A Department of Health breakdown of coronavirus case data shows no new cases in the central Victoria region.
In regional Victoria there are 103 active cases, an increase of eight since yesterday.
No new cases have been recorded in the Greater Bendigo, Mount Alexander, Macedon Ranges, Campaspe, Loddon, Central Goldfields, Buloke or Gannawarra local govenrment areas.
There were nine active cases across the region: four each in Greater Bendigo and Macedon Ranges Shire, and one in Loddon Shire.
Since the beginning of the pandemic Greater Bendigo and Macedon Ranges have each recorded 14 COVID-19 cases.
Mount Alexander has seen six cases, Campaspe five, Loddon four, Gannawarra two and Central Goldfields one.
Buloke Shire has yet to see a COVID-19 case.
Victoria's chief health officer Brett Sutton said the population was being affected differently than the early stages of the COVID-19 pandemic.
"Certainly, we are at a really challenging phase of this pandemic," he said. "The second wave is very different to the first wave."
Dr Sutton said early testing was paramount to helping control the numbers.
"Most infections (are at their worst) in the first few days of illness - a runny nose, cough or low-grade fever," he said.
"So getting tested early on and isolating from the beginning is an important action. Those things are not being done as well as we were during the first wave.
"Victorians have stepped up in so many ways. A lot of the data says people are staying home but a lot are also still moving about. It is critical to reach those ones who need to be at home."
Mr Andrews said insisting on better isolation behaviour during the testing was not about threatening people.
"It's not about threatening people, it's about pointing out if we continue to see this behaviour, we will see numbers continue to go up," he said.
"We don't want to disincentivise people getting tested, we need them to get tested quicker. No one should be waiting for a test result at the supermarket, their place of work or any where else other than their home."
Mr Andrews said further lockdowns would be considered if the state's case data demanded it.
"When we are in a position to make a further announcement about the rules, we will do that," he said. "When the data tells us we need to go further, we will."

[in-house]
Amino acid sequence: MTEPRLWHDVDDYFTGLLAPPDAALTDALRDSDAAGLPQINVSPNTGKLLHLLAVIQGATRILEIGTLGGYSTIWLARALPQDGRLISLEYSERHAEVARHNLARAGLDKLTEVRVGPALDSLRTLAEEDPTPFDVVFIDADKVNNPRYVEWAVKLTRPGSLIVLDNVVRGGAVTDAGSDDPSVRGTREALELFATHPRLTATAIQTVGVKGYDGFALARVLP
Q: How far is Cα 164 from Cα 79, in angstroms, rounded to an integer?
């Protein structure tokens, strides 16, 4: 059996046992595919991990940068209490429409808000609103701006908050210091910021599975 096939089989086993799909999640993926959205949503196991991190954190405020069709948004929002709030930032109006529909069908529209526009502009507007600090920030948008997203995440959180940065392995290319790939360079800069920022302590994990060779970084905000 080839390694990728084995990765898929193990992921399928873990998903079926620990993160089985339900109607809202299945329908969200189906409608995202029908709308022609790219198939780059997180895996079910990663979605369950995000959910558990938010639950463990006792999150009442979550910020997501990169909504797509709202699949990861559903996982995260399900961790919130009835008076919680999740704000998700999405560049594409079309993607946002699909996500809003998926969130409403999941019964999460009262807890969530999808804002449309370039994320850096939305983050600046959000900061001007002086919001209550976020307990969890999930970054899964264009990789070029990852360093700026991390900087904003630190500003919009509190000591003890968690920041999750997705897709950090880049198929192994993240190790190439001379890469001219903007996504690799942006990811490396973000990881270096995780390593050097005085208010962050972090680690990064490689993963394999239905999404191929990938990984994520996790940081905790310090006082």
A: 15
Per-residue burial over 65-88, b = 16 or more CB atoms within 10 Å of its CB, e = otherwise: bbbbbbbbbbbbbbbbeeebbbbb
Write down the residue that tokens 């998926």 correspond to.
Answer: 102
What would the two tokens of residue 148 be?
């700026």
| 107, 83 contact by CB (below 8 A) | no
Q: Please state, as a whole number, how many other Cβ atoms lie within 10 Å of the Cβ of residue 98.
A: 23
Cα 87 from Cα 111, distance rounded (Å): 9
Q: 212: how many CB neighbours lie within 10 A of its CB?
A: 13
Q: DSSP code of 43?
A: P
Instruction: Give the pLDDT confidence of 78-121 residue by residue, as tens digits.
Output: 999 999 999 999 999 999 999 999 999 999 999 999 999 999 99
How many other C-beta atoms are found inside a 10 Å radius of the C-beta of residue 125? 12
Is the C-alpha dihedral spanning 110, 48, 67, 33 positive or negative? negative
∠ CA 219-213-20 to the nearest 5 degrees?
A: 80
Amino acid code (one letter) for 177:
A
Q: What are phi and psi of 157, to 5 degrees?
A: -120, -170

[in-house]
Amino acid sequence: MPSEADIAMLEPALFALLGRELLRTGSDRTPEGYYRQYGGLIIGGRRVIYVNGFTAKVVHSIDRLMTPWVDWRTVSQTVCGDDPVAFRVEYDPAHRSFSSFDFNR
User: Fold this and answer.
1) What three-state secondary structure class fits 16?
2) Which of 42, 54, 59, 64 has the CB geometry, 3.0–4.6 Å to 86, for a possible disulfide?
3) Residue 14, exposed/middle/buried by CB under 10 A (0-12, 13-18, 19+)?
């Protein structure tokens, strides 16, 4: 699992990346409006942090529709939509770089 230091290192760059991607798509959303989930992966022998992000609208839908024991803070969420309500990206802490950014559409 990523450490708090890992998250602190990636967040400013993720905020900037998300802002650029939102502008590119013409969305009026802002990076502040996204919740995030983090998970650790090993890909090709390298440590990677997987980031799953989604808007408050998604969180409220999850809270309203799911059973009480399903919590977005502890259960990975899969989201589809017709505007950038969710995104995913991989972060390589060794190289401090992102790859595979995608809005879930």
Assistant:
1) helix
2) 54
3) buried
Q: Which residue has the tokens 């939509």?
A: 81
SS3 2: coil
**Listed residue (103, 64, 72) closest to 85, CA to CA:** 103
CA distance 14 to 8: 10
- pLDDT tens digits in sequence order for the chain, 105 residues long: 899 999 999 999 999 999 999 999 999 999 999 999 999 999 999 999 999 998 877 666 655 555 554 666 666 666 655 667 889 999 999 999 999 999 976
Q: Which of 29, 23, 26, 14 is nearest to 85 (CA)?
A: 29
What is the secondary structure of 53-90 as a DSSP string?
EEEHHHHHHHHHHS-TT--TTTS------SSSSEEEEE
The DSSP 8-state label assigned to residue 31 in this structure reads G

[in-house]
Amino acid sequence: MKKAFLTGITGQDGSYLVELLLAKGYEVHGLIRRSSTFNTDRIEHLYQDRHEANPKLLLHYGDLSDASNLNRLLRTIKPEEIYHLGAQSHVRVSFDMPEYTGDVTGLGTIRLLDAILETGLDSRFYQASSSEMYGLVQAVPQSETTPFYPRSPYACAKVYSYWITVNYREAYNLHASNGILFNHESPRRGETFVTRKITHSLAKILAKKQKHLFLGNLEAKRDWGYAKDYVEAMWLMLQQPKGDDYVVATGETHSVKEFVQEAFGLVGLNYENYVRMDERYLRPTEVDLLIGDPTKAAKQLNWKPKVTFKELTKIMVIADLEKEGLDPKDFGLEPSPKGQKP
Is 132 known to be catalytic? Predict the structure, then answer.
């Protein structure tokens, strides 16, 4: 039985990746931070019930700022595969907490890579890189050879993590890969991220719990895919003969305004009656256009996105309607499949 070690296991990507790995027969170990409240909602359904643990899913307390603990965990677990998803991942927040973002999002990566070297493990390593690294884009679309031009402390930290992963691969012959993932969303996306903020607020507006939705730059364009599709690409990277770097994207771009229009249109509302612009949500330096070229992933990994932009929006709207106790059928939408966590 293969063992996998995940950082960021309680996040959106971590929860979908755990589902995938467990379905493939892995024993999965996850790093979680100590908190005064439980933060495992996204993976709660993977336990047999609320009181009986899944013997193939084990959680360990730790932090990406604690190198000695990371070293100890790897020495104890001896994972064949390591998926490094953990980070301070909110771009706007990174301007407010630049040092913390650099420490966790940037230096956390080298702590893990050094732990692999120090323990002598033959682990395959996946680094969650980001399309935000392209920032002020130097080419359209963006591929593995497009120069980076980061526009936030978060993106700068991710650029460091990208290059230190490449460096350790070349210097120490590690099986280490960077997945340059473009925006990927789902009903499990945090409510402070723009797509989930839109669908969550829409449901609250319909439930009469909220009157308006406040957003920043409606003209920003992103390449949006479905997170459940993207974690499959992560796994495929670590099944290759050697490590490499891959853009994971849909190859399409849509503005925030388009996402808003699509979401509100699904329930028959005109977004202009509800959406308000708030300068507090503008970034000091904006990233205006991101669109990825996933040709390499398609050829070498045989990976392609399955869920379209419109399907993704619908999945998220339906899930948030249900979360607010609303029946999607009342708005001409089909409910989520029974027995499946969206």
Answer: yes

Victoria has recorded its highest daily total of new coronavirus cases so far, with 484 confirmed overnight.
It is the highest daily total for any state or territory in Australia since the pandemic began.
Of the 484 new cases, Victorian premier Dan Andrews said 97 were in known outbreaks while 387 were under investigation.
Two more people, both men aged in their 90s and in aged care settings, have died of coronavirus overnight. Victoria's COVID-19 death toll now stands at 44.
Mr Andrews said the case numbers are not coming down as he would like them to.
He said peoples behaviour when feeling sick, getting tested and waiting for results needed to improve.
In analysing data of 3810 tests conducted between July 7 and 21, Mr Andrews said nine out of 10 people failed t isolate between seeing symptoms and getting a test.
"It is sad to report that nine out of 10 cases did not isolate between when they first felt sick and going to get a test," he said.
"People were feeling sick, had the symptoms and still went shopping or to work. That means people felt unwell and still went about their business at the height of their infectivity.
"The only thing you can do when you feel sick is to go and get tested. Nothing else is acceptable. If people don't (get tested), numbers will continue to increase."
Mr Andrews said once tested people should self isolate at home until they receive results.
More than half of the people tested between July 7 and 21 did not self isolate.
"From getting tested to getting the result, every person is provided clear instructions about staying home until the results come through," Mr Andrews said.
"We are grateful to people that get tested but it is sad to report 53 per cent of those (3810) cases did not isolate between having the test taken and getting results.
"It means 53 per cent were continuing to go shopping or go to work and were not willing to stay at home and wait a couple of days to get the result."
Mr Andrews said people's behaviour to isolating when sick or waiting for test results needed to improve.
"Unless we drive down the time from people first seeing symptoms and unless we have people getting tested and staying at home until they are getting test results, we will not see numbers coming down.
"(If it continues) a shutdown will not be six weeks, it will run longer than that."
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